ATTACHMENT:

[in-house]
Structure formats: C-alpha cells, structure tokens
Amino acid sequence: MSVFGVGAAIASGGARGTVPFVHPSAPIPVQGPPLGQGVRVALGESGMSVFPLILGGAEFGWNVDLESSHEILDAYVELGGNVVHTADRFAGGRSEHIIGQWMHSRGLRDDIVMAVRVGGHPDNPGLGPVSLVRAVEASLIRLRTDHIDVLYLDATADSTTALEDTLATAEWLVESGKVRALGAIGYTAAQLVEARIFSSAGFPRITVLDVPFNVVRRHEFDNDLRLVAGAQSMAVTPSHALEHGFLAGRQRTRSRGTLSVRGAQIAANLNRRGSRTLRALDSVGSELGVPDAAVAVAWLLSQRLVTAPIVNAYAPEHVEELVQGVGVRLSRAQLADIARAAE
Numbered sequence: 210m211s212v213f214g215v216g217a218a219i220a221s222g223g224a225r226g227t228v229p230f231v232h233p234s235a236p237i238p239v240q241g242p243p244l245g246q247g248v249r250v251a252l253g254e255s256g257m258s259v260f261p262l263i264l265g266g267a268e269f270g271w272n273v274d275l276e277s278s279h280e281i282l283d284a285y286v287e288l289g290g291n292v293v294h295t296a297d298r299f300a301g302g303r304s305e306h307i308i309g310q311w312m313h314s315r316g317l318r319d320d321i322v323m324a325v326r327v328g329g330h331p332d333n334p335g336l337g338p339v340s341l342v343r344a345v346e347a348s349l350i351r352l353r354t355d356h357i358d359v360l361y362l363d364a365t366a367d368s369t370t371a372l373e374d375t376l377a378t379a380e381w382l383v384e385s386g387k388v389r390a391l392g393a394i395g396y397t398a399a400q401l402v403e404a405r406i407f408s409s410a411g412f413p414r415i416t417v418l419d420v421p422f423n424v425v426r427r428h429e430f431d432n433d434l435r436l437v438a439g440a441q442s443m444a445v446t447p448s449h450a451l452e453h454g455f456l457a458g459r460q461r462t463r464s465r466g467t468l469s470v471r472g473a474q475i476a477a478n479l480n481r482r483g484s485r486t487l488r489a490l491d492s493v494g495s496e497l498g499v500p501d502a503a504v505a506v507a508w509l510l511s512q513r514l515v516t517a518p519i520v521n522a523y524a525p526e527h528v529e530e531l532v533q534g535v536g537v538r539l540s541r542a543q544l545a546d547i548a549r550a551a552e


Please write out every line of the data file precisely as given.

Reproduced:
[in-house]
Structure formats: C-alpha cells, structure tokens
Amino acid sequence: MSVFGVGAAIASGGARGTVPFVHPSAPIPVQGPPLGQGVRVALGESGMSVFPLILGGAEFGWNVDLESSHEILDAYVELGGNVVHTADRFAGGRSEHIIGQWMHSRGLRDDIVMAVRVGGHPDNPGLGPVSLVRAVEASLIRLRTDHIDVLYLDATADSTTALEDTLATAEWLVESGKVRALGAIGYTAAQLVEARIFSSAGFPRITVLDVPFNVVRRHEFDNDLRLVAGAQSMAVTPSHALEHGFLAGRQRTRSRGTLSVRGAQIAANLNRRGSRTLRALDSVGSELGVPDAAVAVAWLLSQRLVTAPIVNAYAPEHVEELVQGVGVRLSRAQLADIARAAE
Numbered sequence: 210m211s212v213f214g215v216g217a218a219i220a221s222g223g224a225r226g227t228v229p230f231v232h233p234s235a236p237i238p239v240q241g242p243p244l245g246q247g248v249r250v251a252l253g254e255s256g257m258s259v260f261p262l263i264l265g266g267a268e269f270g271w272n273v274d275l276e277s278s279h280e281i282l283d284a285y286v287e288l289g290g291n292v293v294h295t296a297d298r299f300a301g302g303r304s305e306h307i308i309g310q311w312m313h314s315r316g317l318r319d320d321i322v323m324a325v326r327v328g329g330h331p332d333n334p335g336l337g338p339v340s341l342v343r344a345v346e347a348s349l350i351r352l353r354t355d356h357i358d359v360l361y362l363d364a365t366a367d368s369t370t371a372l373e374d375t376l377a378t379a380e381w382l383v384e385s386g387k388v389r390a391l392g393a394i395g396y397t398a399a400q401l402v403e404a405r406i407f408s409s410a411g412f413p414r415i416t417v418l419d420v421p422f423n424v425v426r427r428h429e430f431d432n433d434l435r436l437v438a439g440a441q442s443m444a445v446t447p448s449h450a451l452e453h454g455f456l457a458g459r460q461r462t463r464s465r466g467t468l469s470v471r472g473a474q475i476a477a478n479l480n481r482r483g484s485r486t487l488r489a490l491d492s493v494g495s496e497l498g499v500p501d502a503a504v505a506v507a508w509l510l511s512q513r514l515v516t517a518p519i520v521n522a523y524a525p526e527h528v529e530e531l532v533q534g535v536g537v538r539l540s541r542a543q544l545a546d547i548a549r550a551a552e